Midtown Miami developer turns eye toward Big Easy

Sep.September 24, 2009 04:12 PM

Developer Michael Samuel doesn’t hesitate to say he likes building in Miami better than other cities. Before coming to South Florida, Samuel’s portfolio included projects in New York City, San Francisco and Baltimore.

“I like building in Miami better because there are more opportunities and it’s ahead of the rest of the country in design,” he said. “As a developer in New York City, you’re very limited in what you can build and every time you went for a project, before this crisis, there were a hundred people behind you.”

Although he’s moving on to New Orleans for his next project, Samuel can look back on his Miami track record with few regrets. At a time when many developers are stuck with unsold units or failed financing, Samuel’s timing has paid off. He’s moving on from Miami, where house prices have dropped an average of 48 percent since 2006, according to the S&P/Case-Shiller Home Price Index.

Samuel, principal of Samuel & Co., which built the $2.3 billion Midtown Miami mixed-use project, got started in Brooklyn, where he grew up, collecting rent payments from tenants at properties his father owned. He went into construction, then property management, investment and consulting. Development was the next logical step, he said.  

Samuel started construction of Midtown Miami in 2001, a property described as “a city within a city,” and completed in 2005. Before the project, the 56-acre property, south of Interstate 195, was known as the Buena Vista rail yard. Samuel brought the site to the attention of co-investor Jack Cayre, principal of New York-based Midtown Equities and co founder of Core marketing group.

“It was a drain on the city before we took it,” Cayre said. “Today, the people who live there, love it. We’ve got lots of young professionals and all types of artists. The people moving in there are people who are looking for the next thing, the types of people that make a place cool to be.”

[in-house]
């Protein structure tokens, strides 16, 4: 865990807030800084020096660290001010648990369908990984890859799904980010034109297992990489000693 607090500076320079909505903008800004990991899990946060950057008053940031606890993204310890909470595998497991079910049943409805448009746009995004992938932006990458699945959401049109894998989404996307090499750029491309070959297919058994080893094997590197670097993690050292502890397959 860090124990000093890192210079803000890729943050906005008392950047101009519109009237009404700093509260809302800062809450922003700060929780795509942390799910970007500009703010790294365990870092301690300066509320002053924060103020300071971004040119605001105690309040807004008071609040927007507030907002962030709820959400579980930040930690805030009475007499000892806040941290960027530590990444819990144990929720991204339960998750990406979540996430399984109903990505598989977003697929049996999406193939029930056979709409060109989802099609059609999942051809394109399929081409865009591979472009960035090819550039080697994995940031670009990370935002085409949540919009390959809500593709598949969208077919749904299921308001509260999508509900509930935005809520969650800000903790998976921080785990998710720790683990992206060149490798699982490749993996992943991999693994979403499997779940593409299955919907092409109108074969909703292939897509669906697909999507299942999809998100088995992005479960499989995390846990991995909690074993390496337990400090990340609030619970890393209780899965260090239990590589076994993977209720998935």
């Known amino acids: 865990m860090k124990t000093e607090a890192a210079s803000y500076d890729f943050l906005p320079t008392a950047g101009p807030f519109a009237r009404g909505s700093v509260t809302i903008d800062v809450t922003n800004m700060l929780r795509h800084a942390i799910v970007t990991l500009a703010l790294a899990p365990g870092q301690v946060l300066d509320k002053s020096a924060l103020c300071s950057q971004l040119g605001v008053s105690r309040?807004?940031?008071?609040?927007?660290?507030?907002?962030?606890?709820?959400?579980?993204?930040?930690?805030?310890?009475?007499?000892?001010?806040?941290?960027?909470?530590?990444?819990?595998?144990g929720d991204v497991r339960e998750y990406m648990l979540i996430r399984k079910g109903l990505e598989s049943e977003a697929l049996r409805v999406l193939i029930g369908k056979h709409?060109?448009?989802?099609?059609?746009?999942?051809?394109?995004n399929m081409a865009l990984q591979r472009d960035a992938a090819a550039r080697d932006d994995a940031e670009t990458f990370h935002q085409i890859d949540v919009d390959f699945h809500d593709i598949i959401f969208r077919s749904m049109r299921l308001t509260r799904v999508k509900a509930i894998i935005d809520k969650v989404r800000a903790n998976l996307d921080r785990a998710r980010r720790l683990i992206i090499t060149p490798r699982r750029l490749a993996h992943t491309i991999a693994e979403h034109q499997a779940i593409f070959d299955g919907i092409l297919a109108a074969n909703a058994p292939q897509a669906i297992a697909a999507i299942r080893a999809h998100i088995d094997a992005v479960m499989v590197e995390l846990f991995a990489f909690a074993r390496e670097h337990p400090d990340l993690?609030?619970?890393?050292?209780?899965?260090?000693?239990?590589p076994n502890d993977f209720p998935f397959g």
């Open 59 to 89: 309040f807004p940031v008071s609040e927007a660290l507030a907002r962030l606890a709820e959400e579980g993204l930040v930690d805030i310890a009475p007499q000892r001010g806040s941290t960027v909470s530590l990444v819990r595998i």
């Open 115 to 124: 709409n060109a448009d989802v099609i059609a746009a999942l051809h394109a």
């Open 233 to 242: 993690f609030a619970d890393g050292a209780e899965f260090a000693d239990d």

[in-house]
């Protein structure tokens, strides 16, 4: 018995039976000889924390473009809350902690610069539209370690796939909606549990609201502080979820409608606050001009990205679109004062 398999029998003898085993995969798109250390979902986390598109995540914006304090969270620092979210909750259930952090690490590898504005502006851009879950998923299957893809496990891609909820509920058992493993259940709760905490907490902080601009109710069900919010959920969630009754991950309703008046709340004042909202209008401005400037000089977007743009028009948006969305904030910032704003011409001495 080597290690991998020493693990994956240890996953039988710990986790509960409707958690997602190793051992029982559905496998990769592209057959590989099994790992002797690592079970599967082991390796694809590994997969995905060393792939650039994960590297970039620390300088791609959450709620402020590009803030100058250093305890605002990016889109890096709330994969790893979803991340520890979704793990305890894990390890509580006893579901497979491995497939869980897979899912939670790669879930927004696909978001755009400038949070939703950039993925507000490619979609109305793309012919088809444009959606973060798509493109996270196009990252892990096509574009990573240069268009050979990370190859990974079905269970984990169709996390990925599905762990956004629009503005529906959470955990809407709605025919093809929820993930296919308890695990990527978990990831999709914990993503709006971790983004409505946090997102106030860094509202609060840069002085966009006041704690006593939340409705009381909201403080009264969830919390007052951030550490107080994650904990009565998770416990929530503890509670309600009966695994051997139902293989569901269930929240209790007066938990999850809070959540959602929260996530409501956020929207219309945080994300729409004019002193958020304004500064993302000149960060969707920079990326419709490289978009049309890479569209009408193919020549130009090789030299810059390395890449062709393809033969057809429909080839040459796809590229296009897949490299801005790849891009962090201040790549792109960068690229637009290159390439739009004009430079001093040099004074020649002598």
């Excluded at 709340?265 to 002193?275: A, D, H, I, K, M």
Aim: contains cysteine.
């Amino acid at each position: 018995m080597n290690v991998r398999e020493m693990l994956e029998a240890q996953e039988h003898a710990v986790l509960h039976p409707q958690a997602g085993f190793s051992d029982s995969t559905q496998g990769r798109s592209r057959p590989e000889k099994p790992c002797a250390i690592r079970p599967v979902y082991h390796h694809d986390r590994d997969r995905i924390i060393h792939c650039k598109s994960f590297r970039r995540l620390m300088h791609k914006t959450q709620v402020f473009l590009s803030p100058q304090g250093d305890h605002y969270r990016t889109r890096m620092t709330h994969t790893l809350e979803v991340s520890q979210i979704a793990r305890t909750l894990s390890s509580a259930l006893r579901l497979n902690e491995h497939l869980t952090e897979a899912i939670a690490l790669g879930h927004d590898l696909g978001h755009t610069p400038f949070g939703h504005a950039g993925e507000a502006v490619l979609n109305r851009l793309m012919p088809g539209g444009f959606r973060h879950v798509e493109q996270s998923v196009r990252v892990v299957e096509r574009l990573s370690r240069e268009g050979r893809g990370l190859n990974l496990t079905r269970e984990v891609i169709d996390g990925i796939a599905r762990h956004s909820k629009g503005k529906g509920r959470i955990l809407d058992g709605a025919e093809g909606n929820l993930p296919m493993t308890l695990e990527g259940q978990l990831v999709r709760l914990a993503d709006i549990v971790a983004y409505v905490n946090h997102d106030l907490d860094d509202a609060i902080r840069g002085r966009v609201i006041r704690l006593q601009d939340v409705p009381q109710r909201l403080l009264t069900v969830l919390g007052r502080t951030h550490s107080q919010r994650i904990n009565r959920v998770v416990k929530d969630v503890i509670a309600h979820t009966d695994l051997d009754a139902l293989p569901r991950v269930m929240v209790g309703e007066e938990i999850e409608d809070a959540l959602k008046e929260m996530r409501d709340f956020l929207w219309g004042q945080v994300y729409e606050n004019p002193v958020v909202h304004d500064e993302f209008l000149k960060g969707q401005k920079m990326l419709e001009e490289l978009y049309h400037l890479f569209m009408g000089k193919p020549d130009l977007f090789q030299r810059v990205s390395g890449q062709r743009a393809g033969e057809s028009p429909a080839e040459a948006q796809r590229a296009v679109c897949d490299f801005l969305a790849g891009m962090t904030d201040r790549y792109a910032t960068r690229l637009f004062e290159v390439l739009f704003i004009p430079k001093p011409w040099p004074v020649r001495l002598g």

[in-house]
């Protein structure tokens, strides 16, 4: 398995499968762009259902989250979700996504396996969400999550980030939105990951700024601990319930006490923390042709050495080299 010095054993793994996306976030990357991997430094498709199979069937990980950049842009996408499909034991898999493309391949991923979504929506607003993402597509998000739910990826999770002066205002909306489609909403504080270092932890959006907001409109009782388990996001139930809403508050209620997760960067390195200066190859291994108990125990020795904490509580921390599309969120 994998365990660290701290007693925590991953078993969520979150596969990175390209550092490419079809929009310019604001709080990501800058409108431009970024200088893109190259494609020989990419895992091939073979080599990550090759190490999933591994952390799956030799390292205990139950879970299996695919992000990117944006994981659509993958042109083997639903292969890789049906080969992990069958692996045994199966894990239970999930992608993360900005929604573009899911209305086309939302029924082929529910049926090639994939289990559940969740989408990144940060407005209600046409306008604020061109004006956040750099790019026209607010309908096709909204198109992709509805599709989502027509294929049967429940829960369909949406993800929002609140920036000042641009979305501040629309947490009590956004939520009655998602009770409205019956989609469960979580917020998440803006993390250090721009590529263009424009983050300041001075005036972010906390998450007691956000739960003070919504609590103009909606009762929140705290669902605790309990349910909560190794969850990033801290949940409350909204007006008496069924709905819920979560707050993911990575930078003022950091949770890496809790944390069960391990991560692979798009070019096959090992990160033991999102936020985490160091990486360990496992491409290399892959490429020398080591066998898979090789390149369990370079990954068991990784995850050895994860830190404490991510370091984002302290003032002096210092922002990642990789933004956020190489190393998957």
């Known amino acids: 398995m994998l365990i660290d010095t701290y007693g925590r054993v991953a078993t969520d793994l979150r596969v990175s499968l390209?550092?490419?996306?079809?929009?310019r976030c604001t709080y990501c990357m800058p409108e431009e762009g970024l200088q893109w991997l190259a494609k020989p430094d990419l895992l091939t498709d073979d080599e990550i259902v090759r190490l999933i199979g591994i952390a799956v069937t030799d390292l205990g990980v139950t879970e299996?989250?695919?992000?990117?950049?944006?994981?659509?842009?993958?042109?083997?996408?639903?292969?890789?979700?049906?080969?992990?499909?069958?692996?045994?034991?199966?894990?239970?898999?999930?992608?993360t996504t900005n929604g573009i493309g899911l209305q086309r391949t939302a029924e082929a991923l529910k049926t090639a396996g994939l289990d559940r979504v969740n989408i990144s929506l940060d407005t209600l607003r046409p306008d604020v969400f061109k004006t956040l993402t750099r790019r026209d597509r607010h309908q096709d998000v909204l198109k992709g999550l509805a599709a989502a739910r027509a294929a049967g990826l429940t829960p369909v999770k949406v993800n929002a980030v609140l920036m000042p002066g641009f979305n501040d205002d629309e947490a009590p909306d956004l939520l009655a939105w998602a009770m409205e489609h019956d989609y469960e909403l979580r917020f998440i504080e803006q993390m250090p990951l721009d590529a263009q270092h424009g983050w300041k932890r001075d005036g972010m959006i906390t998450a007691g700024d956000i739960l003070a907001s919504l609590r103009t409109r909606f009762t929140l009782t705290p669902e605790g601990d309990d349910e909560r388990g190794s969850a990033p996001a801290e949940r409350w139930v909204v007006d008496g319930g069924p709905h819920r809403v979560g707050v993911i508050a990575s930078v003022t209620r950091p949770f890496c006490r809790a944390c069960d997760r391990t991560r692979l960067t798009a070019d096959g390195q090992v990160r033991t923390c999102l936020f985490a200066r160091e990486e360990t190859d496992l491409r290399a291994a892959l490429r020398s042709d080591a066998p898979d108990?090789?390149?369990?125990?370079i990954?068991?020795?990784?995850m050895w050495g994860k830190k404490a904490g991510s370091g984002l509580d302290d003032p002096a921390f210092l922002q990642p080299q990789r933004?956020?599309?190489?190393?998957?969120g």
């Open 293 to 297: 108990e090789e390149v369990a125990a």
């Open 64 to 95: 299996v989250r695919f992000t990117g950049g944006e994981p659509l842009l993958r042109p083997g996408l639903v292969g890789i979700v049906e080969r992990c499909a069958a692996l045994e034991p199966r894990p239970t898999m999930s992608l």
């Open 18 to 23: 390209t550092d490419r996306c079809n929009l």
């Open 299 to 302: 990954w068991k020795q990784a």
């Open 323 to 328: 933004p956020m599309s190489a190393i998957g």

Samuel then tackled South of Fifth, which he said is “a completely different type of project from Midtown Miami,” Samuel said.

Its fortunes have been somewhat different too, thanks to the collapse of the luxury market, but demand will bounce back, Samuel said said.

South of Fifth is a South Beach residential project that includes 28 oceanfront residences, a much smaller-scale project than the expansive Midtown Miami. The complex consists of 10 lofts, 12 condos, three penthouses and three two-story beach houses. Units range from 1,300 to 6,200 square feet, and are priced from $1.5 to $10 million. Amid a sluggish market and deep reductions in sale prices, Samuel remains optimistic that buyers are out there looking for quality luxury properties in a prime location.  

Despite the dismal lending climate, Samuel says he’s found a few of those buyers and closed several units. “The lending is totally what’s holding up the process,” he said. “They used to ask for nothing, now they ask for everything possible.”  

He says his company will be considering other avenues for financing future projects. “I think we’ll work more with private and foreign investors,” he said. Samuel noted that the decreasing value of the dollar has created great investment opportunities for foreign investors looking for a deal. “We’ve met with a lot of Chinese and British investors.”  

As much as Miami has been rewarding, Samuel knows the “location, location, location” maxim of real estate all too well. He said his next project takes him out of South Florida to pursue the construction of “Entergy Station,” a 20-acre mixed-use riverfront development in New Orleans on property he’s been holding for several years.

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